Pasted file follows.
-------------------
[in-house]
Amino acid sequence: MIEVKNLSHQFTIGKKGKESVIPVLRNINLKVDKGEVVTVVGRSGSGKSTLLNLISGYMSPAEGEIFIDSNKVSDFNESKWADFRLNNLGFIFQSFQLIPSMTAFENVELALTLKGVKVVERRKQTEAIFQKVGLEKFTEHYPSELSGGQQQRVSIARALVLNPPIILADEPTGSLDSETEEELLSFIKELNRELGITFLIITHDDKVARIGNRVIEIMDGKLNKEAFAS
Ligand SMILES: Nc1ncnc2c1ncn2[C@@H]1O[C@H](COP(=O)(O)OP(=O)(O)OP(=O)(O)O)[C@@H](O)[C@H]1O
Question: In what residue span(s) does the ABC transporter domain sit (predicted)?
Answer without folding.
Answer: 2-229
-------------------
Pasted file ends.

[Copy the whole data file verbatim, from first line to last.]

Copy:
[in-house]
Amino acid sequence: MIEVKNLSHQFTIGKKGKESVIPVLRNINLKVDKGEVVTVVGRSGSGKSTLLNLISGYMSPAEGEIFIDSNKVSDFNESKWADFRLNNLGFIFQSFQLIPSMTAFENVELALTLKGVKVVERRKQTEAIFQKVGLEKFTEHYPSELSGGQQQRVSIARALVLNPPIILADEPTGSLDSETEEELLSFIKELNRELGITFLIITHDDKVARIGNRVIEIMDGKLNKEAFAS
Ligand SMILES: Nc1ncnc2c1ncn2[C@@H]1O[C@H](COP(=O)(O)OP(=O)(O)OP(=O)(O)O)[C@@H](O)[C@H]1O
Question: In what residue span(s) does the ABC transporter domain sit (predicted)?
Answer without folding.
Answer: 2-229